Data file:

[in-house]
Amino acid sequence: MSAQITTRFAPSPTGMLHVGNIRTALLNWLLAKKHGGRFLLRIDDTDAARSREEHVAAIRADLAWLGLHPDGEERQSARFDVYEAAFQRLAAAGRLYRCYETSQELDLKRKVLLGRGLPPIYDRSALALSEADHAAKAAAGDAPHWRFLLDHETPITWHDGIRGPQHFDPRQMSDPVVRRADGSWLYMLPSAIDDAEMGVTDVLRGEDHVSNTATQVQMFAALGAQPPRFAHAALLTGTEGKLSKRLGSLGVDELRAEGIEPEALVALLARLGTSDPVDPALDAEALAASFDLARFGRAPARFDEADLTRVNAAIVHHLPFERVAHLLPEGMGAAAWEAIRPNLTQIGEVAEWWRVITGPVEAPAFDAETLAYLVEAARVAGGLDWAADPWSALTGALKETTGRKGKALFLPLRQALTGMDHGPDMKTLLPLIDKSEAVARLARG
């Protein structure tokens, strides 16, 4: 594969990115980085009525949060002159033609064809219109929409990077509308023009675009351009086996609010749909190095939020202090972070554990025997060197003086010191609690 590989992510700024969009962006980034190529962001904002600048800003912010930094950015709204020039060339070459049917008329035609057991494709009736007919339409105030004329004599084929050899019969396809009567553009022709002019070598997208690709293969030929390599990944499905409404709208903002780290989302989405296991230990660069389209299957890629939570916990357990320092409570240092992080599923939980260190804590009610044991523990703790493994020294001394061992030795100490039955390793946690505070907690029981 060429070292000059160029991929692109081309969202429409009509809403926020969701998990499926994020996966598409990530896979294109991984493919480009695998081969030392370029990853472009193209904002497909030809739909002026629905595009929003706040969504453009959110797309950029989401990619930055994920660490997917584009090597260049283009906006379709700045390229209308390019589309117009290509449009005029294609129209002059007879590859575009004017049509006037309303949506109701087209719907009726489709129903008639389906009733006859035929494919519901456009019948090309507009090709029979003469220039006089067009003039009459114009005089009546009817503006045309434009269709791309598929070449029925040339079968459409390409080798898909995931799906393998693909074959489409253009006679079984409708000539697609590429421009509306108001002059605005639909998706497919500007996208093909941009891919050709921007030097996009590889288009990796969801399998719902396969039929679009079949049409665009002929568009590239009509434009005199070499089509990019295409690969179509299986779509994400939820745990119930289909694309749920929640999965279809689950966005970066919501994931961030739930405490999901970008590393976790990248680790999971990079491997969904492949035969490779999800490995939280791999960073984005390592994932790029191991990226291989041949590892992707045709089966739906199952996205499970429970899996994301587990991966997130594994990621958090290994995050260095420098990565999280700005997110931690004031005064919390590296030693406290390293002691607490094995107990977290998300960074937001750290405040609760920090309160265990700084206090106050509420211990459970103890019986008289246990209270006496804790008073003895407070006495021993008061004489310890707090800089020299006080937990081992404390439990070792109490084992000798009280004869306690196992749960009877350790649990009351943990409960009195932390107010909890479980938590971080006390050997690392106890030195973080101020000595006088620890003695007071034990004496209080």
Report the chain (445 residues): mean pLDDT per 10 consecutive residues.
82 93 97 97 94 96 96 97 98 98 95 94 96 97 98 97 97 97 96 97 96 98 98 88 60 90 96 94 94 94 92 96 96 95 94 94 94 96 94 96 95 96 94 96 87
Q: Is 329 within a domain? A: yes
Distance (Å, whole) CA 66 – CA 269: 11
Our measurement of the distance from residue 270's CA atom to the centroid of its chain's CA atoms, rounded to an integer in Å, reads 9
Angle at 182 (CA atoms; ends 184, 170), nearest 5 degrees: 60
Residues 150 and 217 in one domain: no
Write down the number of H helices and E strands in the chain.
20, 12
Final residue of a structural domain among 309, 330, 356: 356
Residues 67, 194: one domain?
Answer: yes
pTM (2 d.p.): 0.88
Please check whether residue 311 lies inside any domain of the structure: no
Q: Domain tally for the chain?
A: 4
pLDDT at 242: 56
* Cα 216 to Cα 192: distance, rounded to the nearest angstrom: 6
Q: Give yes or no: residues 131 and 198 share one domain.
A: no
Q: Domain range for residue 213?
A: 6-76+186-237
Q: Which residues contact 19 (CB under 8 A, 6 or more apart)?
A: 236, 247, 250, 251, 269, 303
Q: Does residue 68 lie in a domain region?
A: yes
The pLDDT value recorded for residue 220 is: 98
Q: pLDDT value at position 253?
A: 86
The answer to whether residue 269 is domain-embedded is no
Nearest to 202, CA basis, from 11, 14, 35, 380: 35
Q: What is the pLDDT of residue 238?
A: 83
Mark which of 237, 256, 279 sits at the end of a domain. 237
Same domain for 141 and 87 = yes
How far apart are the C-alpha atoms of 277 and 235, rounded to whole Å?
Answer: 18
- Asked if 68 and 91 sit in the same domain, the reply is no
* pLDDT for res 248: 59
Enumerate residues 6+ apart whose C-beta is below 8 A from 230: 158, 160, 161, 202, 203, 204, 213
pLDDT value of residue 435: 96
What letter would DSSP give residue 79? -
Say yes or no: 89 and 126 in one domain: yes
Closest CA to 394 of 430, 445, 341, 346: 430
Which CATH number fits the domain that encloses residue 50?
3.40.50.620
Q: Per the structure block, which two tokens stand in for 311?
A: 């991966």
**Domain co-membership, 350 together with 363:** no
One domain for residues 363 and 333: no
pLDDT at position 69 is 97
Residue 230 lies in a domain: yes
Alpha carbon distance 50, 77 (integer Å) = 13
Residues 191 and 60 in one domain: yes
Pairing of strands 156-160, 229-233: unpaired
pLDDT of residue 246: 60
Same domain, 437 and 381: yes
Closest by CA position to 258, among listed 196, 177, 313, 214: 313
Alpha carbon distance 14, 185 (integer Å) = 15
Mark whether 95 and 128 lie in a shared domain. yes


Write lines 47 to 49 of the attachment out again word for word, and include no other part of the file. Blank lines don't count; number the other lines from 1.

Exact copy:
Closest CA to 394 of 430, 445, 341, 346: 430
Which CATH number fits the domain that encloses residue 50?
3.40.50.620